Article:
You can find Ways to Save at Work and Power to Save for Small Business on-line at heco.com, at Hawaiian Electric Company customer service desks at 900 Richards Street and 820 Ward Avenue, or by calling 543-7511. Residential guides are also available in the same way.
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Hawaiian Cement’s Kalaeloa Facility Joins EnergyScout™ for Business At the turn of the 21st century, Hawaiian Cement built a world class cement import facility, replacing one of the largest energy consuming factories in the state. The Hawaiian Cement import facility located at Barbers Point / Kalaeloa Harbor is a key player in Hawaii’s construction industry. Large ships holding up to 45,000 metric tons of cement are unloaded using a rail-mounted vacuum unloader. The cement is pneumatically pumped to two large storage domes at a rate of 600 tons per hour. The cement is then pumped from the domes to elevated loading bins for bulk truck transport on the island of Oahu and an interisland barge for distribution to the neighbor islands.
By agreeing to curtail approximately 763 kilowatts (kW) of load during an emergency, Hawaiian Cement will be able to earn over $90,000 annually in incentives from Hawaiian Electric Company! Continued
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Hawaiian Cement Continued
Hawaiian Cement utilizes state-of-theart control systems along with computer interface terminals to manage the load curtailment process for the EnergyScout™ for Business program. Large electrical equipment, up to 600 horsepower, is controlled with a click of the mouse. The automated systems require little human involvement in transporting the cement through the various phases. Two Load Control Relays (LCRs), supplied by Hawaiian Electric Company, were installed and activated -one on the ship unloader and the other at the dome storage terminal. In the case of the ship unloader, the LCR, in a load control event, will signal the Programmed Logic Controller (PLC) to sound an alarm and prompt an organized shutdown of the equipment which will reduce a load of up to 1600 kW to less than 30 kW in 90 seconds. At the dome storage terminal, a second LCR, in a load control event, will Continued
Left to right: Darlene Bajadali, Hawaiian Electric Company’s Account Manager and Dane Wurlitzer, Hawaiian Cement’s Engineering Manager
Hawaiian Electric Company’s EnergyScout™ for Business program was an excellent fit for this operation. Large electric demand loads can be managed to minimum levels required to maintain basic operations. With larger storage capacities, the ship unloading and barge loading operations can be curtailed for longer periods of time; thus, enabling staggered operations.
Hawaiian Cement Kalaeloa EnergyScout™ for Business program benefits: Over 700 kW of available curtailable loads Over $90,000/year in potential annual incentives Advanced notification of generation emergencies through program’s auto-notification system Automated proactive facility response to generation emergencies
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Hawaiian Cement Continued
also signal the PLC to suspend all transport operations until the load drops below the Firm Service Level (FSL). Once the power level is low enough, the computer interface will prompt the operator to gradually resume operations. Additionally, the PLC monitors the power draw and limits the cement transfer rate so the power stays below the FSL. Another benefit of the EnergyScout™ for Business program is the web-based power monitoring available from Hawaiian Electric Company. Dane Wurlitzer, Engineering Manager for Hawaiian Cement states, “Not only does this program tell you how you are using power, it also gives you an insight as to the productivity of your operations.” For Hawaiian Cement, high power consumption relates to efficient transfer of cement. Hawaiian Cement is very pleased with the benefits of EnergyScout™ for Business program for its Kalaeloa facility and is looking to enroll a few other locations in the near future. Hawaiian Cement is also providing a community service to help improve the reliability of the power grid. The EnergyScout™ for Business program is designed to help prevent outages by reducing the electri-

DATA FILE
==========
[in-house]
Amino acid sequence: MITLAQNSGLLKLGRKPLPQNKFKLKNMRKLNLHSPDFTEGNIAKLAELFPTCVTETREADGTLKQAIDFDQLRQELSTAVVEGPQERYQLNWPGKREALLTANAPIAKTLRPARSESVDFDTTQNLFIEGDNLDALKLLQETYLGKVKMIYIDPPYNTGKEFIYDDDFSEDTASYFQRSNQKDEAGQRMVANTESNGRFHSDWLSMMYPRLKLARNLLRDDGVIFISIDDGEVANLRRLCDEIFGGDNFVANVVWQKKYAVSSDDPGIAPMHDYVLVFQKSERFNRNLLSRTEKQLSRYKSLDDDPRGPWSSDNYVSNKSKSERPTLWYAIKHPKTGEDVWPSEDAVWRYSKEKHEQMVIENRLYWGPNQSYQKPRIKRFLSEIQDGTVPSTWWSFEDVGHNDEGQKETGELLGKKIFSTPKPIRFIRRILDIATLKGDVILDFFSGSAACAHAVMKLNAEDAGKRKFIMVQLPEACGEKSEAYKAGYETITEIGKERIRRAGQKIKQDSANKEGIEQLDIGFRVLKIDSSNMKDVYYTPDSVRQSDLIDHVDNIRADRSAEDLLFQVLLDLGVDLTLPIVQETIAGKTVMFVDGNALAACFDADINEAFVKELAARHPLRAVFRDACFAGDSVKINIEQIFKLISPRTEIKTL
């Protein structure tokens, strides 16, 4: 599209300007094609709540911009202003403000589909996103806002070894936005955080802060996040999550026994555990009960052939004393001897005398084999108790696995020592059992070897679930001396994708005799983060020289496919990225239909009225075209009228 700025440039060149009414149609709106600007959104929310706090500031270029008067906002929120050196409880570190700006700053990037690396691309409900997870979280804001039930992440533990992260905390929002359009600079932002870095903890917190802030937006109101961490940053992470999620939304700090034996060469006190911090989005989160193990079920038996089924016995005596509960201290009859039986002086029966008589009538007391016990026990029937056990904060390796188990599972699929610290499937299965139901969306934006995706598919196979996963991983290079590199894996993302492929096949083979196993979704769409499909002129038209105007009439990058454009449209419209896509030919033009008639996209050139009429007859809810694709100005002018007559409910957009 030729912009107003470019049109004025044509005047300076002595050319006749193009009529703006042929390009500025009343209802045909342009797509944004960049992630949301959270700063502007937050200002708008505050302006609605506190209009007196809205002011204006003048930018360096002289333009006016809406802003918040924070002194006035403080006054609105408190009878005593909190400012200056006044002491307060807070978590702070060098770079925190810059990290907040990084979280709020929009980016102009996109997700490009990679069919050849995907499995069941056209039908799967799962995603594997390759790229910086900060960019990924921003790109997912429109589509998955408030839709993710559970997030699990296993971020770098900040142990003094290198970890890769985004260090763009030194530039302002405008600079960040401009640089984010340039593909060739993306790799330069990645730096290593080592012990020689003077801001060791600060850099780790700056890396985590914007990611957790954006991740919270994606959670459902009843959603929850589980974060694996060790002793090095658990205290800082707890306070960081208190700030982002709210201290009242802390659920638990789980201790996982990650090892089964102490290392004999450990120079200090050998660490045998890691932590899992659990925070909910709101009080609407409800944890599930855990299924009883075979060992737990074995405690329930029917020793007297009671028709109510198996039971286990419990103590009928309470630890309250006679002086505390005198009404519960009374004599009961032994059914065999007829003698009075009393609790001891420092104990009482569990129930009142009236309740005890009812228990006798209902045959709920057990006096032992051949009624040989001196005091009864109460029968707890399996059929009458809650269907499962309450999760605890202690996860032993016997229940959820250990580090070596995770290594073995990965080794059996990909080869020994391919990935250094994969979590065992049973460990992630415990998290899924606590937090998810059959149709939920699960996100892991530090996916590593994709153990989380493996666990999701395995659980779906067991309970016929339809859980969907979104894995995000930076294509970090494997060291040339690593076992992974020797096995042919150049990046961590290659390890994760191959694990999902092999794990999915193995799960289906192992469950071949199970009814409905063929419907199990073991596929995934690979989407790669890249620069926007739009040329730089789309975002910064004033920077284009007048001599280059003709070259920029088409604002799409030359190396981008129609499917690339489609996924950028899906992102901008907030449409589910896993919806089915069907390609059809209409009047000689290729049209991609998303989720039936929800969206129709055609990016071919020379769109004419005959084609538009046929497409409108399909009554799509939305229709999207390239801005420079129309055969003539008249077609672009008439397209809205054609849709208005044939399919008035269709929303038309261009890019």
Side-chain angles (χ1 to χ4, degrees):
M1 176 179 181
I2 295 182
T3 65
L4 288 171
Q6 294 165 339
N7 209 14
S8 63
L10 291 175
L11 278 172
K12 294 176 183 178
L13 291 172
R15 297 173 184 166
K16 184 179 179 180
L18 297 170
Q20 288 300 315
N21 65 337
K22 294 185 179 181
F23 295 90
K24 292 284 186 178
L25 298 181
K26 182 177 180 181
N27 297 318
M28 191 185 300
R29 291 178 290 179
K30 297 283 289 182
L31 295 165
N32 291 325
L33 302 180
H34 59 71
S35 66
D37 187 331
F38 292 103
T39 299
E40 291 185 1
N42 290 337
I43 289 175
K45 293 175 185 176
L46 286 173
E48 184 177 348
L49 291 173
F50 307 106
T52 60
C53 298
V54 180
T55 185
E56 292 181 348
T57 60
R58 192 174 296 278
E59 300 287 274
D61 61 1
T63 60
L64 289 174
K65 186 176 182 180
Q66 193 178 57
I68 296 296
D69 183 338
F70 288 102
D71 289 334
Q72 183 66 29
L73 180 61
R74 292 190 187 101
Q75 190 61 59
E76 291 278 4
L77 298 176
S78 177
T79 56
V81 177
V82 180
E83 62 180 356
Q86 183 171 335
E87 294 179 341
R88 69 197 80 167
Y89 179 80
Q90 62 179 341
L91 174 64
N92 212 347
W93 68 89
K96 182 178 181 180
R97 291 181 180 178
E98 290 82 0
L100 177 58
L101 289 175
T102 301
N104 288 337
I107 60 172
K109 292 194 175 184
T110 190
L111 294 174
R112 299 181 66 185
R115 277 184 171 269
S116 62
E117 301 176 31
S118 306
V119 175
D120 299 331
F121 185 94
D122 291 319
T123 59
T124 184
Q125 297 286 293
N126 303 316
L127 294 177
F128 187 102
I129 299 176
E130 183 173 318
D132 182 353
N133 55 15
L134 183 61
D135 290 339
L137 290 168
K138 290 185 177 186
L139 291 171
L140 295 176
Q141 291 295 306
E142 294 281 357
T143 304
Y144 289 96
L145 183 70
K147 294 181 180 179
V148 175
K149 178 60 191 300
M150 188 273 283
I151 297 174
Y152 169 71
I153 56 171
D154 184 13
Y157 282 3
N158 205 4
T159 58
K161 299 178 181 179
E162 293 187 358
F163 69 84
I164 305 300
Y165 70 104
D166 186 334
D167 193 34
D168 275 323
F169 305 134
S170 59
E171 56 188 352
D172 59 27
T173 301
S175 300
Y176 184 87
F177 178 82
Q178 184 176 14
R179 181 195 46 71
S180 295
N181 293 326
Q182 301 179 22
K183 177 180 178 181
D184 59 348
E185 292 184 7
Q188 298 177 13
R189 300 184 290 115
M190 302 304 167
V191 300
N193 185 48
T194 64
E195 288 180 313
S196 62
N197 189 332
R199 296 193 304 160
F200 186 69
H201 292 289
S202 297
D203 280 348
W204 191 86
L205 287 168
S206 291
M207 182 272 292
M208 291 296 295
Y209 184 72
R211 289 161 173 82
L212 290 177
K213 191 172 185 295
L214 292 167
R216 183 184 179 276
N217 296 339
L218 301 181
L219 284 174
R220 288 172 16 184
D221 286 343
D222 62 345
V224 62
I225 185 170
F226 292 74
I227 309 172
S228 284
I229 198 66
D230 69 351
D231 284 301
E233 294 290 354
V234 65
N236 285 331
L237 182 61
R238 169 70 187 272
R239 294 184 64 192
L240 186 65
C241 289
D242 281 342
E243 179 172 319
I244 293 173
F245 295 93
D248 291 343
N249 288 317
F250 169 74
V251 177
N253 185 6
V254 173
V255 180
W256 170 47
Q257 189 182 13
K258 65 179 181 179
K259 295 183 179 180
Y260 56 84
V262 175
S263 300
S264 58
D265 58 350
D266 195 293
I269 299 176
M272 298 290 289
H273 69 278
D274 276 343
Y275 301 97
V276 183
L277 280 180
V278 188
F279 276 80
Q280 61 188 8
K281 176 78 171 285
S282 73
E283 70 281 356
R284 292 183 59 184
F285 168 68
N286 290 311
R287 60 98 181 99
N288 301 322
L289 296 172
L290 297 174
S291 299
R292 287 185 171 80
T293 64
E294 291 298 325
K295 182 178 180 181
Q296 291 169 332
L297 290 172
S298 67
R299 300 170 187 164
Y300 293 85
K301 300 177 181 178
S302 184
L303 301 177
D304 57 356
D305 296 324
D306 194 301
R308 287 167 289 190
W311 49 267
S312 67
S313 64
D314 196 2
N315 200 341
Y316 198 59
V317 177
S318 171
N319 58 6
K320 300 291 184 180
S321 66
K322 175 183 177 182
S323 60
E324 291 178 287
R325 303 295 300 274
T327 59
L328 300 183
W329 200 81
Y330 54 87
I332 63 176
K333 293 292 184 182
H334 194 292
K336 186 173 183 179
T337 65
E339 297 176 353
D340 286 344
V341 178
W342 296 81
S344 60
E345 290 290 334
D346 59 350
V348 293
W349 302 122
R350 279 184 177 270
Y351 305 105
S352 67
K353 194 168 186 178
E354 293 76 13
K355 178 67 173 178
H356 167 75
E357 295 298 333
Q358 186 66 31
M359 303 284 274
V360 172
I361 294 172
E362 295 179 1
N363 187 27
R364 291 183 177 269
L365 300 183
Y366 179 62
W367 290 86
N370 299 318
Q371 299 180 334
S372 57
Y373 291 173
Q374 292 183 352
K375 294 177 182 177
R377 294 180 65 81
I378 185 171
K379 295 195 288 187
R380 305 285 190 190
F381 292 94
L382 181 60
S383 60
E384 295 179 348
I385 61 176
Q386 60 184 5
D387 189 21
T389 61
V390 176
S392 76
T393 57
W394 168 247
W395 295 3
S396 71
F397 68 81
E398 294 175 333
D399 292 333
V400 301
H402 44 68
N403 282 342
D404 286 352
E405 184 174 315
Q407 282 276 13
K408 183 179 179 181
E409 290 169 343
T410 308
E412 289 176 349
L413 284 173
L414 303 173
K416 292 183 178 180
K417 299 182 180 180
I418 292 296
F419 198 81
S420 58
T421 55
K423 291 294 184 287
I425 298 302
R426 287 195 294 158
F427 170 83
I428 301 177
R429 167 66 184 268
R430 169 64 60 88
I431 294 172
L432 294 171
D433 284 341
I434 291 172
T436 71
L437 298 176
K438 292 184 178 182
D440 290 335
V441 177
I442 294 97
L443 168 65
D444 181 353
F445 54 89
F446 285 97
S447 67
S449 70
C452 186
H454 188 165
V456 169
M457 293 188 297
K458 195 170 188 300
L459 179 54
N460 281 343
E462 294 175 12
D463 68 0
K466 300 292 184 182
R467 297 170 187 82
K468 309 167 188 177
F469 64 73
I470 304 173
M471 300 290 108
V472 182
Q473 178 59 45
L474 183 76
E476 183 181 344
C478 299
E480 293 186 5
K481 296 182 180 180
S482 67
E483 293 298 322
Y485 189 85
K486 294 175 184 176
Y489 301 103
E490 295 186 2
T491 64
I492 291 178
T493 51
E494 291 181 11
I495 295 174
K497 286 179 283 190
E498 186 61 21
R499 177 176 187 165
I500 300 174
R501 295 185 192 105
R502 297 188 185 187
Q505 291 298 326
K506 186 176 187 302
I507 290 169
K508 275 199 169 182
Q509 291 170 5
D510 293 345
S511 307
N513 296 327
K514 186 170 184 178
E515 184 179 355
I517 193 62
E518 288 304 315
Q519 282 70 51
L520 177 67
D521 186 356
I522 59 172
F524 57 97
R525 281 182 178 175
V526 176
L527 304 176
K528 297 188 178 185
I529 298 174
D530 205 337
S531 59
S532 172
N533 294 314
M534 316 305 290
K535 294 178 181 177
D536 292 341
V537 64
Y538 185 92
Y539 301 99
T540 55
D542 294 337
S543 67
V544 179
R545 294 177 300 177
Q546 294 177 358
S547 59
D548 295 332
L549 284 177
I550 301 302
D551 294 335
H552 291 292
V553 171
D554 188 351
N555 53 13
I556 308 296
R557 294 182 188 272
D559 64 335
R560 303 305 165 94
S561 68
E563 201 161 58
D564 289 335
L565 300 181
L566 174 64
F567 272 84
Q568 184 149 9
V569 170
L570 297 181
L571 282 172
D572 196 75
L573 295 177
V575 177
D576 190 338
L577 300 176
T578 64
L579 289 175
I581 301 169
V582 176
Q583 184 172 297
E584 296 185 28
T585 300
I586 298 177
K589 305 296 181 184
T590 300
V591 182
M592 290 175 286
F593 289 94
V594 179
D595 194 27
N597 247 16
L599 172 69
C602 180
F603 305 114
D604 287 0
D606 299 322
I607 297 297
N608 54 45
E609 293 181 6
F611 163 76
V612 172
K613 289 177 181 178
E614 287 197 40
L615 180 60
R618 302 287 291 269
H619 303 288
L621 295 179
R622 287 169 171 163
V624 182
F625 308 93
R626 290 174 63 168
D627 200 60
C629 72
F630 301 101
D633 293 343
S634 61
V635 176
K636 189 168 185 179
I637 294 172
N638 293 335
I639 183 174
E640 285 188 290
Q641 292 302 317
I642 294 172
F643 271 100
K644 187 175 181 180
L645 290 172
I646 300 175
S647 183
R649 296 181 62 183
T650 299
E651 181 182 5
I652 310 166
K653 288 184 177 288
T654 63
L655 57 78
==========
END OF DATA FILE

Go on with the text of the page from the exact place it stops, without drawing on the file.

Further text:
cal demand through reductions from participating customers during system-wide emergencies. Under the program, qualified customers with 50 kilowatts to 10 megawatts of interruptible electrical load are given financial incentives in return for allowing some of their electric load to be curtailed in emergencies. For more information on the EnergyScout™ for Business program, please call Program Manager, Melvin Oyadomari, at 543-4692. Mahalo!
Account Managers 543-4751
We always strive to make Powerlines a readable, valuable publication for our customers. Let us know if there are any specific subjects you would like to see addressed in our newsletter. Send or phone in your questions, ideas, and comments to the editor at the address below. We reserve the right to edit letters to the editor or other materials submitted. We can be reached at 543-4756. Hawaiian Electric Company does not endorse any equipment and or products contained in this publication. Furthermore, this publication and all information contained herein is provided “as is” without warranty of any kind, either expressed or implied, including, but not limited to, the implied warranties of merchantability, fitness for particular purpose, or non-infringement. Hawaiian Electric Company assumes no responsibility for errors or omissions in this publication or other documents that are referenced by or linked to this publication.
EnergyScoutTM for Business Program Manager Melvin Oyadomari 543-4692
Published by: Hawaiian Electric Company, Customer Technology Applications Division P.O. Box 2750, Honolulu, Hawaii, 96840-0001 Editor: Carlos Perez. Phone: 543-4748 Fax: 543-4697
Need Help from Hawaiian Electric Company? Power Quality Engineers 543-4756 Randy China Tanay Panalal Mark Yamamoto